Why is it celebrated?
Maha Shivaratri is celebrated with great devotion and religious fervor by Hindus, in honor of Lord Shiva, one of the Hindu Gods forming the Trinity.
The many stories for the reason of celebration of this festival are below:
1) According to one of the most popular legends, Shivaratri is the wedding day of Lord Shiva and Parvati. It is also believed that Lord Shiva performed ‘Tandava’, the dance of the primal creation, preservation and destruction on this auspicious night of Shivaratri.
2) According to another popular legend, described in Linga Purana, it was on Shivaratri that Lord Shiva manifested himself in the form of a Linga for the first time. Since then, the day is considered to be extremely auspicious by the devotees of Shiva and they celebrate it as Maha Shivaratri - the grand night of Shiva
3)One of the most popular tales traces its origins to samudra manthan, or churning of the ocean of milk. According to this belief, when the gods and demons were churning the ocean of milk to obtain amrita (drink of immorality), they came across many unusual substances including a deadly poison. Terrified, the gods approached Shiva for help, and out of compassion for all living beings, Shiva swallowed the poison. The poison was so potent that it turned his neck to blue
4) According to a legend, Parvati performed tapas, prayed and meditated on this day to ward off any evil that might befall her husband on the moonless night. Since then, Mahashivaratri is believed to be an auspicious occasion for women to pray for the well-being of their husbands and sons. An unmarried woman prays for a husband like Shiva, who is considered to be the ideal husband
5) Another version relates that the whole world was facing destruction and Goddess Parvati worshipped her husband Shiva to save it. She prayed for the jivs (living souls) remaining in se – like particles of gold dust in a lump of wax -- during the long period of pralaya (deluge) night, that they should, upon becoming active again, have His blessings, but only if they worshipped Him just as she did. Her prayer was granted. Parvati named the night for the worship of Ishwar by mortals Maha-Sivaratri, or the great night of Shiva, since Pralaya is brought about by Him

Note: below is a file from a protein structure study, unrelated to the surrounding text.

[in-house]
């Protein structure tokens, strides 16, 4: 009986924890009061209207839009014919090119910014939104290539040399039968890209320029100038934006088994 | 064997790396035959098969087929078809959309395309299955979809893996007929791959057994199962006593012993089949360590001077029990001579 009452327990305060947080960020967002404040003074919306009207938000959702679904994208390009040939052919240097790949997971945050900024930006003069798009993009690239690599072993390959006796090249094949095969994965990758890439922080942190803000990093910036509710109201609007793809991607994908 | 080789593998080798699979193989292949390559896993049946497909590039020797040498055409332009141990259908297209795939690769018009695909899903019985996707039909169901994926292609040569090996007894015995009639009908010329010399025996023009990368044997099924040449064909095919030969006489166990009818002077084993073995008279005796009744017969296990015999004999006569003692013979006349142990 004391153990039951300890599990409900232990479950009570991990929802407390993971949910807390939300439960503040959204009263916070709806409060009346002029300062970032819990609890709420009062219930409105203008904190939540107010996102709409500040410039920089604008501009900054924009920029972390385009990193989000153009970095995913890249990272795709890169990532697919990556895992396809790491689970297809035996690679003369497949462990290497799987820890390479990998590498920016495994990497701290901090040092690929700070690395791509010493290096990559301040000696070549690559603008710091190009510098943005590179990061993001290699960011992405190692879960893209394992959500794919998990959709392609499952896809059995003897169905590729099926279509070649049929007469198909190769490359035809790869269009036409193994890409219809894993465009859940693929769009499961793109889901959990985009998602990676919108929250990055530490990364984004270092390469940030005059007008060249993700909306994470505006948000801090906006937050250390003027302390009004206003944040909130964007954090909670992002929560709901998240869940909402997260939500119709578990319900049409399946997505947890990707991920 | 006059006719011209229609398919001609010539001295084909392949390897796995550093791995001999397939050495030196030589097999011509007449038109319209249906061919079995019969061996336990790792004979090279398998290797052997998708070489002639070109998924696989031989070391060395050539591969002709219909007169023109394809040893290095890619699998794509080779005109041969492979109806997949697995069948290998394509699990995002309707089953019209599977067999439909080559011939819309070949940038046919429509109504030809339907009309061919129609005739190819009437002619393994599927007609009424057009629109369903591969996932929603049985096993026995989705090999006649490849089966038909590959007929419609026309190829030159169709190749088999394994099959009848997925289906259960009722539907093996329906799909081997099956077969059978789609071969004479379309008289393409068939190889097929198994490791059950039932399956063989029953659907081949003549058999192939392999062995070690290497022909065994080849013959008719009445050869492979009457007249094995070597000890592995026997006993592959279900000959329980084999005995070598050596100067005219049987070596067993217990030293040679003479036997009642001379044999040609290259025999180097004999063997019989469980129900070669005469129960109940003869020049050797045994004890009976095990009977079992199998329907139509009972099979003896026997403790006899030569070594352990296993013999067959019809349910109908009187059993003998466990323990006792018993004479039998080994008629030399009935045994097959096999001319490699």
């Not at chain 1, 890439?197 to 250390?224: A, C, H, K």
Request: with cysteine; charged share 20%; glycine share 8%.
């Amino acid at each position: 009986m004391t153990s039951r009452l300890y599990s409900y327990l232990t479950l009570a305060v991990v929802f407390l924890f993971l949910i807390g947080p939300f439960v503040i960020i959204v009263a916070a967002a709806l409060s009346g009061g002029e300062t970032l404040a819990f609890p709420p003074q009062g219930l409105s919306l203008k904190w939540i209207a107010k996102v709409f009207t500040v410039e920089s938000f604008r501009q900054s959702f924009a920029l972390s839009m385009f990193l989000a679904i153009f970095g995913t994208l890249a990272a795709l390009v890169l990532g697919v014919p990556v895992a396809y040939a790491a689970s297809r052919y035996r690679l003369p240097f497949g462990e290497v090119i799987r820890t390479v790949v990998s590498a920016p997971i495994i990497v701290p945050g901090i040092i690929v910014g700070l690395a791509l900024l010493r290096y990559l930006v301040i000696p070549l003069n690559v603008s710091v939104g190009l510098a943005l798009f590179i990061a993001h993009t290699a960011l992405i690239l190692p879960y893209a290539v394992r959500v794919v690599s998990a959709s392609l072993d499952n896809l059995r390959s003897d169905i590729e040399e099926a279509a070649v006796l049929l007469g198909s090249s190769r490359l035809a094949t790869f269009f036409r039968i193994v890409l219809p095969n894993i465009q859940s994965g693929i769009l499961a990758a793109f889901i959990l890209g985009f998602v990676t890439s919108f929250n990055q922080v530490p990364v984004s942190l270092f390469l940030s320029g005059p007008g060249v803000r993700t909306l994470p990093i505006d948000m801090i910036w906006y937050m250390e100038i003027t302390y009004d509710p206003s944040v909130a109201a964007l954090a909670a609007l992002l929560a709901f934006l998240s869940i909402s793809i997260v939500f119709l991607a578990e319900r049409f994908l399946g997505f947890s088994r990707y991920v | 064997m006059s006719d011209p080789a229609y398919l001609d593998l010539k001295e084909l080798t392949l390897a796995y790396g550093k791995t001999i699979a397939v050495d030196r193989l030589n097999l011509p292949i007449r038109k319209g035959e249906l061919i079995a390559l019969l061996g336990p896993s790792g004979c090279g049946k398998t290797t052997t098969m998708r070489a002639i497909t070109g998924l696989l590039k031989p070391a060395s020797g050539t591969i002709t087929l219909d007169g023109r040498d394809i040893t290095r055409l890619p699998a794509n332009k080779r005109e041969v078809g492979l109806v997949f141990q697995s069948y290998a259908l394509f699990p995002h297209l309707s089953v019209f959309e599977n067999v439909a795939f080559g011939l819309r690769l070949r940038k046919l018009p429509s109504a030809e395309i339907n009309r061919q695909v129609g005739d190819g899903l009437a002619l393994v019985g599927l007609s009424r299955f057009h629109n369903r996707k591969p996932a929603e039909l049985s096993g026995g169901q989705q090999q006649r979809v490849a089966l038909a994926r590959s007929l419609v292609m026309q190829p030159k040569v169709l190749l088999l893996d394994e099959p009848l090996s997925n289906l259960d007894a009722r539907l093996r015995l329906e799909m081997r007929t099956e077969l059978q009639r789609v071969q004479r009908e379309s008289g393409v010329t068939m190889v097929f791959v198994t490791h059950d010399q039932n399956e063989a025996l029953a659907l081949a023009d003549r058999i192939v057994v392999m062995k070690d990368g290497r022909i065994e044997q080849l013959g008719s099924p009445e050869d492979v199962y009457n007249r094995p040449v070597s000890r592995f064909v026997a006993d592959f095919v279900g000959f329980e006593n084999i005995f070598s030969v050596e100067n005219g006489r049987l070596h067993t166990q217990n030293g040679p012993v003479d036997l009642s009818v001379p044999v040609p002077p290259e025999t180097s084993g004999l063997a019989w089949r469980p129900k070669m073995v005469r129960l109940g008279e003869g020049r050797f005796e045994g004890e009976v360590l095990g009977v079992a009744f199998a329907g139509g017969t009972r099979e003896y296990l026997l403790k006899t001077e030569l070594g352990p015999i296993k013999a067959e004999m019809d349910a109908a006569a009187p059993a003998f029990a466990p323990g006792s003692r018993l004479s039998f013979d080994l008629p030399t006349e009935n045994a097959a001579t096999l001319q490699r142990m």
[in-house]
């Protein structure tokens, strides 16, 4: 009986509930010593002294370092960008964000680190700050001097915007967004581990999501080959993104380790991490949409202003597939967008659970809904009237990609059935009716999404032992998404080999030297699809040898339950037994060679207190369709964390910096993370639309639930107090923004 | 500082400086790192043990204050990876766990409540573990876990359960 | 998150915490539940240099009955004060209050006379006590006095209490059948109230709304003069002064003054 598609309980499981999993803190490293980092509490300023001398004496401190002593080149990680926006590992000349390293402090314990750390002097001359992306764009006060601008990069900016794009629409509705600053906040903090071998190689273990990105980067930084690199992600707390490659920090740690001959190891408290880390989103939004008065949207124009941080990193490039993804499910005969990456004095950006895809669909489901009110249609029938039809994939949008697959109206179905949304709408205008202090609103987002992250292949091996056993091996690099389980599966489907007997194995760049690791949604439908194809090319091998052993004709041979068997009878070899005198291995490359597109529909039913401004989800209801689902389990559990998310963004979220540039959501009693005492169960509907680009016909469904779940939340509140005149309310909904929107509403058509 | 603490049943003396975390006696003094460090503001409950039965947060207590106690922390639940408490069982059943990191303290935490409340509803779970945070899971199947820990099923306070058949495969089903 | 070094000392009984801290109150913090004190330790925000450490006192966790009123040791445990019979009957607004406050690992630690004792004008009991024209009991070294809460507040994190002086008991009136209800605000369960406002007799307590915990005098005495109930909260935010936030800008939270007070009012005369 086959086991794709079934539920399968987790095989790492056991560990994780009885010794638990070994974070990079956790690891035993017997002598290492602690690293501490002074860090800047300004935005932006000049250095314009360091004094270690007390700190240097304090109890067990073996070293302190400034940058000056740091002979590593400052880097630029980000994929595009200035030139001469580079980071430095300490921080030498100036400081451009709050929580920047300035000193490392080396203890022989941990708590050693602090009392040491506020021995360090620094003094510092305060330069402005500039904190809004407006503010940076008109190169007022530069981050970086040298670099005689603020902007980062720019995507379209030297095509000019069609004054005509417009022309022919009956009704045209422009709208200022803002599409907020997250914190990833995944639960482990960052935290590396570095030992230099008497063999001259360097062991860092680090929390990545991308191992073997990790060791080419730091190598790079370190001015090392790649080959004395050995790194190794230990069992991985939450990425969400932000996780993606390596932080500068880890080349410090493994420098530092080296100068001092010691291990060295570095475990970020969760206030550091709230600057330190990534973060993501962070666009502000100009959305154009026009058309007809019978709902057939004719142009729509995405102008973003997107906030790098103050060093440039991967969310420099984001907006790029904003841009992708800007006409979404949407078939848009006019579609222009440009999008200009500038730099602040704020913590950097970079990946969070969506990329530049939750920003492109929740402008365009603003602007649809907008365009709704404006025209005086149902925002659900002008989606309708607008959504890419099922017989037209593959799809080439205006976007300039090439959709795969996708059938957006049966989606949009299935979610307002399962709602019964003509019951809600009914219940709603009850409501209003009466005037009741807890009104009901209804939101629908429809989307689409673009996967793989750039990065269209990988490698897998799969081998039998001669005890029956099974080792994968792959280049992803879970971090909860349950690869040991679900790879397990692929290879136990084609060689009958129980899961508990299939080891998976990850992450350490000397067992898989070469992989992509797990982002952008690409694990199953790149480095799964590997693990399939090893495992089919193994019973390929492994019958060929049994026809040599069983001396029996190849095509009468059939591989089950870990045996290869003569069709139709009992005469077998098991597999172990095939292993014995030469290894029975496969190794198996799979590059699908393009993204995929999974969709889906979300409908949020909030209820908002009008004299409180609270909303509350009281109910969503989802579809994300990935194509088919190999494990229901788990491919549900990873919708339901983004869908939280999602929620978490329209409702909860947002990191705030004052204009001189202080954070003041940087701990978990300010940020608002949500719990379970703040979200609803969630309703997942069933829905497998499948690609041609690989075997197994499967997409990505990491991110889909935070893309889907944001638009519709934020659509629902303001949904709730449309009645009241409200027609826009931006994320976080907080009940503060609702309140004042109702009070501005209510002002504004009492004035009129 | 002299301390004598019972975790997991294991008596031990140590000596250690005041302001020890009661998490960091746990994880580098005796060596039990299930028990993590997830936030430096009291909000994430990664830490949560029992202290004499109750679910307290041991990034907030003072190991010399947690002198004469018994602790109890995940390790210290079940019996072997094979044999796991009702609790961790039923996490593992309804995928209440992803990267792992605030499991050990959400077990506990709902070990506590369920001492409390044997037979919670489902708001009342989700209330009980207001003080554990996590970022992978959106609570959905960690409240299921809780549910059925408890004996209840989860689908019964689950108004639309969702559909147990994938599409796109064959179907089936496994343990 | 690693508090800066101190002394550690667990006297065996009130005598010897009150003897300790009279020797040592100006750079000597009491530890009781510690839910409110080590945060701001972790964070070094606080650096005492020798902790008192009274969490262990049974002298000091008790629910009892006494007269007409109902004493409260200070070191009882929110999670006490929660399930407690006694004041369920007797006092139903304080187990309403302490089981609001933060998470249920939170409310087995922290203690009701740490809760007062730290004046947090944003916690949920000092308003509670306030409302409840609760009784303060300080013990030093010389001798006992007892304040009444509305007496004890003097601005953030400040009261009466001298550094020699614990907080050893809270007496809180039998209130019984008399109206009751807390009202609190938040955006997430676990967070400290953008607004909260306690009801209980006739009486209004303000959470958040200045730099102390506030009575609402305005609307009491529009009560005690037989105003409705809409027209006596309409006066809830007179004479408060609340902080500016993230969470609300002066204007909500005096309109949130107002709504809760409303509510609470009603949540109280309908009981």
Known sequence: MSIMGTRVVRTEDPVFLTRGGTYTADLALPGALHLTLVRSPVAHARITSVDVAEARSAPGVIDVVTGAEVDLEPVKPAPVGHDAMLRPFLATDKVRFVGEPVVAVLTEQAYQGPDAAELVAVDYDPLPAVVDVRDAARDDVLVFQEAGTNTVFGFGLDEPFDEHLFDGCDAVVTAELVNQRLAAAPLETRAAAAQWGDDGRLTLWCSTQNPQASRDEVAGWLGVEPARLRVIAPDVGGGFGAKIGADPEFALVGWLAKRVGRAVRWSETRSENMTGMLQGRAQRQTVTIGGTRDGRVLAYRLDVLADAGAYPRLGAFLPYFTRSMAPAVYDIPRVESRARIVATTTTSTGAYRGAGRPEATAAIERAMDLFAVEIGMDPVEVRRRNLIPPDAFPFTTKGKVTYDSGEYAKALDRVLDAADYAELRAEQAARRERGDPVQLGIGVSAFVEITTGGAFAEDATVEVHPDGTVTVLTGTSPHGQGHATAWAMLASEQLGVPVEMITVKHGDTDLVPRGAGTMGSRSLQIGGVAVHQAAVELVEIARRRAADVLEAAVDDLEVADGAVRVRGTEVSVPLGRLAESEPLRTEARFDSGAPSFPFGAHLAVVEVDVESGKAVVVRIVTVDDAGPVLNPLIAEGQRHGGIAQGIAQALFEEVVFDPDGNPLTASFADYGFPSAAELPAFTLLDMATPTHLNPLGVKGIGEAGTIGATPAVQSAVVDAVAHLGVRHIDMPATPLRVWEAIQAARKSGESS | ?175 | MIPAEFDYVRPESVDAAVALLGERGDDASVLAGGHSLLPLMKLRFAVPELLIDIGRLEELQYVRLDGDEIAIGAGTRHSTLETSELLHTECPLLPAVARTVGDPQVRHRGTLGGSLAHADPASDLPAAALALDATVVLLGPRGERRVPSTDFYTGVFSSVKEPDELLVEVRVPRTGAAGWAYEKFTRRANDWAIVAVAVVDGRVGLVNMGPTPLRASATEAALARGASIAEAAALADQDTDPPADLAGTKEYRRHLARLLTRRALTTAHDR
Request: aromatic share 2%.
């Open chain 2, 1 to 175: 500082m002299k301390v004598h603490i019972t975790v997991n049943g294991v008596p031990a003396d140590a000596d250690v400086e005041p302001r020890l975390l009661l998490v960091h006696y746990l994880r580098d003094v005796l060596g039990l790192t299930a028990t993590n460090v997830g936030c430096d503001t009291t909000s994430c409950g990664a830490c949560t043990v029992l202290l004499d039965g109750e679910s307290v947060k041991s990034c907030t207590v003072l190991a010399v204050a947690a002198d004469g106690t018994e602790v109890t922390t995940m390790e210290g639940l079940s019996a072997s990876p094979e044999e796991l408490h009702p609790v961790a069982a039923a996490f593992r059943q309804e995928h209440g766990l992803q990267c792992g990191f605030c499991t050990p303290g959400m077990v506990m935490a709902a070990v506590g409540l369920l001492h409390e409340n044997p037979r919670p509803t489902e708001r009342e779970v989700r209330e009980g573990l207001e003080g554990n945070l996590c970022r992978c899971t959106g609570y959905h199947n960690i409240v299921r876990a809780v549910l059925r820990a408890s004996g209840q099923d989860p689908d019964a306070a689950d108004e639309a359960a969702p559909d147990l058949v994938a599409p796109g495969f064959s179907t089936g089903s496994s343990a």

[Src: http://en.wikipedia.org/wiki/Maha_Shivaratri ]
When is it celebrated?
The festival falls on the moonless, 14th night of the new moon in the Hindu month of Phalgun (in the month of February - March, according to English Calendar).
How is it celebrated?
Shiva devotees observe strict fast on Maha Shivaratri, with many people having only fruits and milk and some not even consuming a drop of water. Worshippers dutifully follow all the traditions and customs related to Shivaratri festival, as they strongly believe that sincere worship of Lord Shiva, on the auspicious day, releases a person of his sins and also liberates him from the cycle of birth and death. As Shiva is regarded as the ideal husband, unmarried women pray for a husband like Him, on Shivaratri. On the other hand, married women pray for the well being of their husbands, on this auspicious day.
On Maha Shivratri, devotees wake up early in the morning and take a bath, if possible in river Ganga. After wearing fresh clothes, they visit the nearest Shiva temple, to give ritual bath to the Shiva Lingum (with milk, honey, water etc). The worship continues the whole day and whole night. Jaagran (nightlong vigil) might also be observed in Lord Shiva temples, where a large number of devotees sing hymns and devotional songs, in praise of Lord Shiva. In the morning,g devotees break their fast by partaking the prasad offered to Lord Shiva, after the aarti, the night before.